Nothing beats the panic that sets in when your drone disconnects mid-flight. If you’re lucky, you’d be faced with the problem before your drone takes off and goes out of reach.
Either way, the “drone is disconnected” notifications are pretty common with modern drones.
But this doesn’t mean they have to be a part of your drone flying sessions.
The point is that drones only disconnect under particular circumstances. And if you make it impossible for them to exist, you can undoubtedly enjoy a seamless experience.
This post is all about helping you do just that. We’ll be covering what the root problems may be and how to fix them. You’ll also find advice on troubleshooting some of the most popular DJI models.
A drop in connection usually lasts a few seconds. Your drone will notify you that it’s disconnected before the connection is automatically restored.
But what if your drone disconnects and stays that way? Would it simply go down and crash? Here’s the answer.
What happens if your drone disconnects depends on how it’s programmed and configured. Modern, full-featured drones have fail-safe mechanisms in place that allow them to automatically return to their starting points or land in place if the GPS signal is lost.
DJI models, for example, automatically initiate their Return to Home (RTH) functionality when there’s a lack of connection for multiple seconds.
It’s important to note that landing in place isn’t always safe. If your drone is flying over water and it disconnects with that as its backup option, there’s little chance for its survival.
Under other conditions, your drone may simply hover until the connection is picked back up.
That reaction isn’t too bad assuming you can actually reconnect your drone in a timely manner. But if you just leave it to hover for a bit too long, your drone may start to drift off and inevitably crash.
The YouTube video below shows how a DJI Mini 2 executes its safety features when it disconnects.
Now, let’s get to the heart of the matter. I did my research and found a select number of problems that are typically to blame for connection failures. Take a look.
Your drone may be disconnecting because it’s flying out of its connectivity range, isn’t being operated in a suitable environment (due to interference), or is low on battery. Connection issues can also come from using a faulty USB cable or delaying firmware updates.
In some cases, your drone controller’s antenna may simply be facing the wrong direction. The antennas should ideally be parallel to each other and perpendicular to your flying drone.
With that out of the way, let’s expand on why the causes I mentioned earlier are the most common.
This one’s self-explanatory. As you increase the distance from a drone to its controller past a certain point, you lose out on signal strength.
What this point is for you depends on the range of your drone model. It identifies the radius within which a strong signal can be maintained and can typically be found on a specification sheet.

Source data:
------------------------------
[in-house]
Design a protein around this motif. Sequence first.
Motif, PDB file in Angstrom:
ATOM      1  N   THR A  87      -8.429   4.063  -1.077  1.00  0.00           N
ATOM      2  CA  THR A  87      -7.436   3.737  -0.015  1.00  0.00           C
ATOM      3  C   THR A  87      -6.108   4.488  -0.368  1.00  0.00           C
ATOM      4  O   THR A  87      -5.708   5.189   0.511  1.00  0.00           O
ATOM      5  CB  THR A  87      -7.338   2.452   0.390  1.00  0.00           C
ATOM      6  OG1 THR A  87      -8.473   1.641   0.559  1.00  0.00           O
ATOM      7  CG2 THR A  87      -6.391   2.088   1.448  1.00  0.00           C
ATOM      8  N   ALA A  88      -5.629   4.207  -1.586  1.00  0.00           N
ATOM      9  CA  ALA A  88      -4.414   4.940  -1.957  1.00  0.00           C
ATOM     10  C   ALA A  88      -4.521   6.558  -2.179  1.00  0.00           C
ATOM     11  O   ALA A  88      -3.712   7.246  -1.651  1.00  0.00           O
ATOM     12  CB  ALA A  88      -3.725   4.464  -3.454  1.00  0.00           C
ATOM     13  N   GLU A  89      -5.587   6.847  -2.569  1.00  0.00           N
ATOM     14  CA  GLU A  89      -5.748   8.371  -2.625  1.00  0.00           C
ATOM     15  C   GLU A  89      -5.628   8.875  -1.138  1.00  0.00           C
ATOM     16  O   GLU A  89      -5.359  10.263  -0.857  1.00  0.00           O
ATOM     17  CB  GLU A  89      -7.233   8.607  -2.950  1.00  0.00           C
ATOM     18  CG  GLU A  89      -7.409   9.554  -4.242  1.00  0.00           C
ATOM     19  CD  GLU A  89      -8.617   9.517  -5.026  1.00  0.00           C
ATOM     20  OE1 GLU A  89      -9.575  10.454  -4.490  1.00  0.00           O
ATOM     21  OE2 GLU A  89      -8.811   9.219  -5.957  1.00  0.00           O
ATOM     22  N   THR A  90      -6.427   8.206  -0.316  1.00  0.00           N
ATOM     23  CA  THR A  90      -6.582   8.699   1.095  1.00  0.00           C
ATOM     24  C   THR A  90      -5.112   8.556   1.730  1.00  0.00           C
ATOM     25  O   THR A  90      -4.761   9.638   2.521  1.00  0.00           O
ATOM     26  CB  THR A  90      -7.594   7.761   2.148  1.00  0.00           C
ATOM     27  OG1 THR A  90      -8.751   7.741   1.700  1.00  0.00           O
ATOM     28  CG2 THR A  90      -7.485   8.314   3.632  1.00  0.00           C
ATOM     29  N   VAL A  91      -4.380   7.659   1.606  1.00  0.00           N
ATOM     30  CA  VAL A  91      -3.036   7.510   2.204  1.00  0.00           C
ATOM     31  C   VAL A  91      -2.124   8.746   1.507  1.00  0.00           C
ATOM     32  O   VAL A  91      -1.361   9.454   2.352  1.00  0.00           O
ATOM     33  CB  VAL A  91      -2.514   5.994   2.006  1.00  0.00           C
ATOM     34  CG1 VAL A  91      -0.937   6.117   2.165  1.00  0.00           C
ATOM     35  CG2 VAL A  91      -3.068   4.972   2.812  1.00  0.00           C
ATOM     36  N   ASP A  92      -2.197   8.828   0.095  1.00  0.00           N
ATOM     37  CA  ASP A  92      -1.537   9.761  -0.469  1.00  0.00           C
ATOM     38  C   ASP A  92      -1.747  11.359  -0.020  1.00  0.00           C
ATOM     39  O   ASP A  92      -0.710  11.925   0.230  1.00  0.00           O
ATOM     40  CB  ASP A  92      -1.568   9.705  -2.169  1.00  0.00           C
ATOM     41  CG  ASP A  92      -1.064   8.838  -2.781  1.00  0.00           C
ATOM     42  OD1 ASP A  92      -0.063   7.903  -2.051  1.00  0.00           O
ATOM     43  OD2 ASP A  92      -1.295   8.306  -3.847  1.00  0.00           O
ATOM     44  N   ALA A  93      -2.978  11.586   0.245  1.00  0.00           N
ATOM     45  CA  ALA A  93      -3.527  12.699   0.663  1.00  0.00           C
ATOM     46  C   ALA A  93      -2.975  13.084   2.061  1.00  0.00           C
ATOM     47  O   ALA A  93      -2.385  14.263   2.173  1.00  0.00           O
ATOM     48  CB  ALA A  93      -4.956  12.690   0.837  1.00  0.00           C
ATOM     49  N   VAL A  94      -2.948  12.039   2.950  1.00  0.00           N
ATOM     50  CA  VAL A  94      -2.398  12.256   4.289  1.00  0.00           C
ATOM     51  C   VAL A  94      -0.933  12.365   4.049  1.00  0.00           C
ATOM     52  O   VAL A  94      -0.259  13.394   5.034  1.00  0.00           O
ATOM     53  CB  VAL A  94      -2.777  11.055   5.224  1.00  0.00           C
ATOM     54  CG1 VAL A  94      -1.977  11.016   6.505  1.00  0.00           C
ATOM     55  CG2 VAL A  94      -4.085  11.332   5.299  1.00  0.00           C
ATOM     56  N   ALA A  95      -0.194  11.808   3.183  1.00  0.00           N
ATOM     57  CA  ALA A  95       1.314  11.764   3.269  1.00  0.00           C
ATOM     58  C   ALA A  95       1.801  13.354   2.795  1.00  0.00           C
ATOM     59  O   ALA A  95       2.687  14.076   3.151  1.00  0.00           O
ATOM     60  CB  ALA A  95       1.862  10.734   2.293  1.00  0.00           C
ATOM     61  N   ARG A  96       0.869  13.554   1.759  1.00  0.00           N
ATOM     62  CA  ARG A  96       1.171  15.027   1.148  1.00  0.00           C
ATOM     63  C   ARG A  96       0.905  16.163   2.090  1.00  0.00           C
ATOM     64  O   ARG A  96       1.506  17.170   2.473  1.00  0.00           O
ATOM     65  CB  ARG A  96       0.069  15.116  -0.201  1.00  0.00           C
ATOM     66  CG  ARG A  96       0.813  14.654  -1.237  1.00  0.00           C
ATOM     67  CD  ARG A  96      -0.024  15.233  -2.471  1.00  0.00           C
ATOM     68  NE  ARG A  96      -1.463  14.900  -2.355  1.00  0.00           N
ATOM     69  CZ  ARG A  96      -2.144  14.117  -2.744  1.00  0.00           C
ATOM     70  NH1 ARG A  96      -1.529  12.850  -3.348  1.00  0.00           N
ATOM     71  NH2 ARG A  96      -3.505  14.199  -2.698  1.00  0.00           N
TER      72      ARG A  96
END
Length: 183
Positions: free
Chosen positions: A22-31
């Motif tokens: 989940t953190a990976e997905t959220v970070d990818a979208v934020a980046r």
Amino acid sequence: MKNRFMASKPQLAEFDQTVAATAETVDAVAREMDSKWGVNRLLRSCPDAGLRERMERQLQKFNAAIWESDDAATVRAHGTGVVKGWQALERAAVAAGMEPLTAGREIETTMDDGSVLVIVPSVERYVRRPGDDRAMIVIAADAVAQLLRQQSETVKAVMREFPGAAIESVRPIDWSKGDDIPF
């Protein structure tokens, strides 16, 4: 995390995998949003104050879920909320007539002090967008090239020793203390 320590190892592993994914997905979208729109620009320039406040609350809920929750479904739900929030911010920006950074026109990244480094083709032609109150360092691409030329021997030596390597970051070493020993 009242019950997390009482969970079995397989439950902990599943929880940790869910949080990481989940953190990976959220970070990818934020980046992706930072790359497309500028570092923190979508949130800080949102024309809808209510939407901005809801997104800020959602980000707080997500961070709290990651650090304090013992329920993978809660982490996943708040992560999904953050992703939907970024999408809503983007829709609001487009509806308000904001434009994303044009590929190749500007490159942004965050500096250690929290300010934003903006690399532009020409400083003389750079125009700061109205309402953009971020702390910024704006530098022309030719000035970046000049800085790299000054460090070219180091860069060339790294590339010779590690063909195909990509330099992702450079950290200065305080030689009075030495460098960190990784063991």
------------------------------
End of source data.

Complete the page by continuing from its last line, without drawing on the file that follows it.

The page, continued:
If you fly your drone a bit too far away, veering it out of its range, you’ll start to notice connectivity issues. Communications get harder because radio waves lose intensity.
It’s ultimately pretty obvious that you’re required to fly your drone within its range.
However, I wouldn’t blame you if you accidentally fail to do so. It’s easy to overlook your drone’s capabilities while trying to shoot the best footage possible.
Most pilots make sure they’re taking their drone out on a sunny day to avoid the weather getting the best of their mission.
But here’s the thing: there are a few more setting-related boxes you should check before flying.
And one of the most important ones refers to electromagnetic interference, which is typically found in areas with surrounding technology. Sources of interference could be anything from power lines to a simple high-frequency device.
Similarly, pilots of drones using WiFi transmission often face disconnections.
All of this means that your drone may keep disconnecting because you're flying in a developed region with signal crowdedness.
And that’s not all.
Another little challenge is presented by physical objects. If you’re operating your drone with metallic objects around you (or below you, because the ground counts as well), there may be evident disruptions in data transmission.
For a camera drone to be truly useful, there needs to be a way for the pilot to see exactly what is being recorded. This is accomplished by a live feed.
An extra device is linked with the controller through a USB cable. The device may also then function as a platform for additional control features.
Now, here’s why this part is important.
If you’ve set everything up properly but use a faulty USB cable, there will obviously be hiccups in the (what needs to be continuous) flow of data. And this points toward connectivity issues.
The real problem is that a cable’s health can often be deceiving, which is why pilots tend to unreasonably disregard it. It’s important to remember that a cable does not need to have visible damage for it to malfunction.
On the other side of things, there may be an issue with the USB ports instead. An insecure connector can definitely be the cause for a drone falling in and out of connectivity.